Conversations every couple needs to have

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(Source: AP Images) (Source: AP Images)

By Stuart Fensterheim, LCSW

PHOENIX (3TV/CBS 5) - My work in couple’s therapy is based on the theory that we all have certain attachment needs. That is, what we need from our partner in a relationship to feel loved and important.

We need to feel that our presence truly matters to our partner and that we can trust and rely on them to meet their attachment needs. 


My workshop based on the book "Hold Me Tight," by Dr. Susan Johnson, covers conversations that couples need to have to cement their connection to one another and to identify and deal with those issues that might otherwise come between them. 

Here are six conversations that every couple should have.

In the first of six conversations, couples identify negative and destructive remarks in order to get to the root of the problem and figure out what each other is really trying to say. We eliminate assumptions and quickly get to the heart of the matter of what is causing the disconnection and conflict in their lives.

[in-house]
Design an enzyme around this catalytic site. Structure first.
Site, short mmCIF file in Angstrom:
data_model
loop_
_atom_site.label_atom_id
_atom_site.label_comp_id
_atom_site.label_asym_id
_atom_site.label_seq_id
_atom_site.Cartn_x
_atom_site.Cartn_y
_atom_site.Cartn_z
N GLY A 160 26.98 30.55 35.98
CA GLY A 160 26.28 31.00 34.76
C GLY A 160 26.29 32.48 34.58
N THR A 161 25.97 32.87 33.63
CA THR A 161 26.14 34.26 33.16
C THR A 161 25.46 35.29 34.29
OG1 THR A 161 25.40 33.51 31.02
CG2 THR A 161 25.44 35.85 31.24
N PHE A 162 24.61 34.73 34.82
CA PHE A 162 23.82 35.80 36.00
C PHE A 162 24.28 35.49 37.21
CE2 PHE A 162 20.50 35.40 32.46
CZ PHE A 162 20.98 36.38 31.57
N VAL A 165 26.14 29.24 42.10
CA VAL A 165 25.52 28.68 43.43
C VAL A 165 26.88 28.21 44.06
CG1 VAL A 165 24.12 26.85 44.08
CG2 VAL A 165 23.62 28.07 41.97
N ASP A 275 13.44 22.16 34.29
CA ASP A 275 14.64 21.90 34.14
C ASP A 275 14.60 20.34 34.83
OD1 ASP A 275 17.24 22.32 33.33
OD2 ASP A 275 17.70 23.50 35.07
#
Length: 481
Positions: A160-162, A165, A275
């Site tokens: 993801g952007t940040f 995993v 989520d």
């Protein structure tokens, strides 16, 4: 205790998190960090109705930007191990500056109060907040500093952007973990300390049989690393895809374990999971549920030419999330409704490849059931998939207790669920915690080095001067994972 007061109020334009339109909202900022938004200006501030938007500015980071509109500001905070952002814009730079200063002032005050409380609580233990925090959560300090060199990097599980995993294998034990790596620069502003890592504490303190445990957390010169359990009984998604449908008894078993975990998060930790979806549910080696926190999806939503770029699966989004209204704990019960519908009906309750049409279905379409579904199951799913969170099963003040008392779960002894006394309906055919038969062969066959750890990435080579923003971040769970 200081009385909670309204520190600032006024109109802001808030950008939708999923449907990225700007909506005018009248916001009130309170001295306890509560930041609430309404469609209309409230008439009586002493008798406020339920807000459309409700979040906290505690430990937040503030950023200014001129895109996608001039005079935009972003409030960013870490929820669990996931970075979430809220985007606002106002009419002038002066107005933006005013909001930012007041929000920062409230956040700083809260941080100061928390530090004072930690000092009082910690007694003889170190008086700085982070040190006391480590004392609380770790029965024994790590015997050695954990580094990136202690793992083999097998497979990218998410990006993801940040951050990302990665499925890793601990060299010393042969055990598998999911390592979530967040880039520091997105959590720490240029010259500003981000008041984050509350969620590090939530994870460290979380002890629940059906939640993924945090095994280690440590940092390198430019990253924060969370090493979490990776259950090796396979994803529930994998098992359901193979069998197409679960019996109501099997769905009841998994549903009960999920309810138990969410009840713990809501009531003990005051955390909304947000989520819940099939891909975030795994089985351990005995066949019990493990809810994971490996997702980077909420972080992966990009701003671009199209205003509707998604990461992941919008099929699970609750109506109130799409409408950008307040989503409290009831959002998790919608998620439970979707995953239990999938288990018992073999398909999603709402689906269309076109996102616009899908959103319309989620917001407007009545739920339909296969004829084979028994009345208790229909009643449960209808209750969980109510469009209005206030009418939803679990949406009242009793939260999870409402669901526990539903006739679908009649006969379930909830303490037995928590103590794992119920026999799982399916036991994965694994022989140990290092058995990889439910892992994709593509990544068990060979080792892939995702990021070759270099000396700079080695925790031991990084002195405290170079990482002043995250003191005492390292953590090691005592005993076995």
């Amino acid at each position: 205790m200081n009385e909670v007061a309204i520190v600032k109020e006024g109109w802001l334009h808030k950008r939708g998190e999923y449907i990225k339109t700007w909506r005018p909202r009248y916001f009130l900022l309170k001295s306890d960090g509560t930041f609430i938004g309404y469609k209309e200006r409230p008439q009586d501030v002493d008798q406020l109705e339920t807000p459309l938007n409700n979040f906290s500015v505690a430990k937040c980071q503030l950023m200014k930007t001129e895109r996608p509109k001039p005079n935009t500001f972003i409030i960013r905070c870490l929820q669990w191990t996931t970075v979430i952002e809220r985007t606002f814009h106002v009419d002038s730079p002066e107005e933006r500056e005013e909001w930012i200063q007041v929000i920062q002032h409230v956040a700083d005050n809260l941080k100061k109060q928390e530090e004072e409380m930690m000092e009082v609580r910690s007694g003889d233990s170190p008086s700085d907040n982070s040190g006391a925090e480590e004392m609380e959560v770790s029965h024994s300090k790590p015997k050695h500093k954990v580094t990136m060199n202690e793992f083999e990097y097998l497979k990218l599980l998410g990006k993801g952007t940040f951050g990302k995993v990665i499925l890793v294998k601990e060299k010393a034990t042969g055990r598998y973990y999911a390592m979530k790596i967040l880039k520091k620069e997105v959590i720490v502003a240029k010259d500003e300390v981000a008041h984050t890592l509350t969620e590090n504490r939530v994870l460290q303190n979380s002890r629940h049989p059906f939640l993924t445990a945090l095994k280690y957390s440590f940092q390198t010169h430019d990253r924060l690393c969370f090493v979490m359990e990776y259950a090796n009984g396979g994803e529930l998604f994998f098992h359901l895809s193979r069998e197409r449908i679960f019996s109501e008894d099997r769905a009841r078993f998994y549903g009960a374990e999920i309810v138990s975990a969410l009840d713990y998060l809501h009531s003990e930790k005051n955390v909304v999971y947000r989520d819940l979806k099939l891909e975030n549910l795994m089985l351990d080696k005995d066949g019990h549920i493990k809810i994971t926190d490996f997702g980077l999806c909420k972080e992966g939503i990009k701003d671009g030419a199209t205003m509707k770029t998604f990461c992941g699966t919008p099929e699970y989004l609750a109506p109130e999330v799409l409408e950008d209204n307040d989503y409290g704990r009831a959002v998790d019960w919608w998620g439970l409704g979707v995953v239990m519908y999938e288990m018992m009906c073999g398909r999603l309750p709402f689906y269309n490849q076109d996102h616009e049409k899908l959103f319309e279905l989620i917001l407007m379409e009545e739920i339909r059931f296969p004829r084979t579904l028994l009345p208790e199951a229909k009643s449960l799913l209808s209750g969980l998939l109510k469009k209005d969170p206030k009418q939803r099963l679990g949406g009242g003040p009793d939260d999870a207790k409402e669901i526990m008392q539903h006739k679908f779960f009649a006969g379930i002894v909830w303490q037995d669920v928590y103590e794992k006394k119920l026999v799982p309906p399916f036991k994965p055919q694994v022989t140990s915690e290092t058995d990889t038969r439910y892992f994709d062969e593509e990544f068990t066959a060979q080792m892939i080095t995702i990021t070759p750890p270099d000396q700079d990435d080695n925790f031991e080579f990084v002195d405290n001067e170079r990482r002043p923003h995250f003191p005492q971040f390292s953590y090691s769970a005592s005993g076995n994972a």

1. Recognizing demon dialogues

Demon dialogues are the name for the negative and destructive cycles of conflict that couples can get stuck in. These patterns repeat and escalate until communication is almost impossible due to negative interpretations, triggers and responses.

There are three kinds of demon dialogues:

  • Find the bad guy - This is the pattern where partners become entrenched in mutual blame and the situation escalates until they are like combatants in a boxing match trading accusations and verbal blow for blows. This pattern is hard to maintain for very long.
  • Freeze and flee - This is when both partners are emotionally overwhelmed and exhausted; feeling hopeless, they both withdraw, shutting down emotionally and freezing each other out. No one is putting forth any effort in the relationship at this point.
  • Protest polka - This is the most common and the one that when caught up usually leads to divorce. We are in need of emotional connection and the fear of rejection and abandonment is part of the reason. Even if we know that sometimes we make things worse by criticizing or shutting our partner out we don’t seem able to switch off our desire for closeness. When one partner pursues with demands and criticism this puts the other partner on the defensive. This can overwhelm the other partner which leads them to withdraw and isolate. The partner feels abandoned by this withdrawal but both partners in actuality are protesting the loss of connection and needing emotional closeness.